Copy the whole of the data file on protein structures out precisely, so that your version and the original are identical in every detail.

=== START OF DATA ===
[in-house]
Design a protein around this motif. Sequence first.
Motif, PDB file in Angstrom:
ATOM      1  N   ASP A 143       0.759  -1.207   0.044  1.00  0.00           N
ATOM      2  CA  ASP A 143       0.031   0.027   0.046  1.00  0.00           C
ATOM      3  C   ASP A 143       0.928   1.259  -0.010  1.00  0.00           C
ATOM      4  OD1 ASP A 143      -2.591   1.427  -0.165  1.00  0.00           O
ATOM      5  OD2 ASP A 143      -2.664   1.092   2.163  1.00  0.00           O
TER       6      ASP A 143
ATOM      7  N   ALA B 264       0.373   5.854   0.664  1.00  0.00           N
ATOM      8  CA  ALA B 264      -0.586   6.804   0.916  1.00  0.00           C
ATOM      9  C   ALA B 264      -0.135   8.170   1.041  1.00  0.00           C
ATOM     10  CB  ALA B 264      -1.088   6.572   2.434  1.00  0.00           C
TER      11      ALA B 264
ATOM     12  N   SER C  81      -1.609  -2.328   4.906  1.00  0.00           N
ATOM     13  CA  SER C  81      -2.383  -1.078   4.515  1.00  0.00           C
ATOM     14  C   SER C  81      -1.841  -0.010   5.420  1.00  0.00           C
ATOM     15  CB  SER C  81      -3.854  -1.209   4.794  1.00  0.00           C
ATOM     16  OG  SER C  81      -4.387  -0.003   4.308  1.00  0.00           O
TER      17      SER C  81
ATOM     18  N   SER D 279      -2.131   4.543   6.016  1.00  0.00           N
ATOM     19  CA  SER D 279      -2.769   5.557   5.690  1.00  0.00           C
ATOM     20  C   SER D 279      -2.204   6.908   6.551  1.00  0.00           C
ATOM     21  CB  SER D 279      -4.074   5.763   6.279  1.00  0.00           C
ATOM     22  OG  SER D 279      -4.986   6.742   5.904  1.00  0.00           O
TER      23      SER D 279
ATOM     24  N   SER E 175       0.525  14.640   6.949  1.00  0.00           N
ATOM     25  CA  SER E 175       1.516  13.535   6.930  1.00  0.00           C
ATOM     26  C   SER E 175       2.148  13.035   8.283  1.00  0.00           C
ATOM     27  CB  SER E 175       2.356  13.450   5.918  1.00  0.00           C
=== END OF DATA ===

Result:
[in-house]
Design a protein around this motif. Sequence first.
Motif, PDB file in Angstrom:
ATOM      1  N   ASP A 143       0.759  -1.207   0.044  1.00  0.00           N
ATOM      2  CA  ASP A 143       0.031   0.027   0.046  1.00  0.00           C
ATOM      3  C   ASP A 143       0.928   1.259  -0.010  1.00  0.00           C
ATOM      4  OD1 ASP A 143      -2.591   1.427  -0.165  1.00  0.00           O
ATOM      5  OD2 ASP A 143      -2.664   1.092   2.163  1.00  0.00           O
TER       6      ASP A 143
ATOM      7  N   ALA B 264       0.373   5.854   0.664  1.00  0.00           N
ATOM      8  CA  ALA B 264      -0.586   6.804   0.916  1.00  0.00           C
ATOM      9  C   ALA B 264      -0.135   8.170   1.041  1.00  0.00           C
ATOM     10  CB  ALA B 264      -1.088   6.572   2.434  1.00  0.00           C
TER      11      ALA B 264
ATOM     12  N   SER C  81      -1.609  -2.328   4.906  1.00  0.00           N
ATOM     13  CA  SER C  81      -2.383  -1.078   4.515  1.00  0.00           C
ATOM     14  C   SER C  81      -1.841  -0.010   5.420  1.00  0.00           C
ATOM     15  CB  SER C  81      -3.854  -1.209   4.794  1.00  0.00           C
ATOM     16  OG  SER C  81      -4.387  -0.003   4.308  1.00  0.00           O
TER      17      SER C  81
ATOM     18  N   SER D 279      -2.131   4.543   6.016  1.00  0.00           N
ATOM     19  CA  SER D 279      -2.769   5.557   5.690  1.00  0.00           C
ATOM     20  C   SER D 279      -2.204   6.908   6.551  1.00  0.00           C
ATOM     21  CB  SER D 279      -4.074   5.763   6.279  1.00  0.00           C
ATOM     22  OG  SER D 279      -4.986   6.742   5.904  1.00  0.00           O
TER      23      SER D 279
ATOM     24  N   SER E 175       0.525  14.640   6.949  1.00  0.00           N
ATOM     25  CA  SER E 175       1.516  13.535   6.930  1.00  0.00           C
ATOM     26  C   SER E 175       2.148  13.035   8.283  1.00  0.00           C
ATOM     27  CB  SER E 175       2.356  13.450   5.918  1.00  0.00           C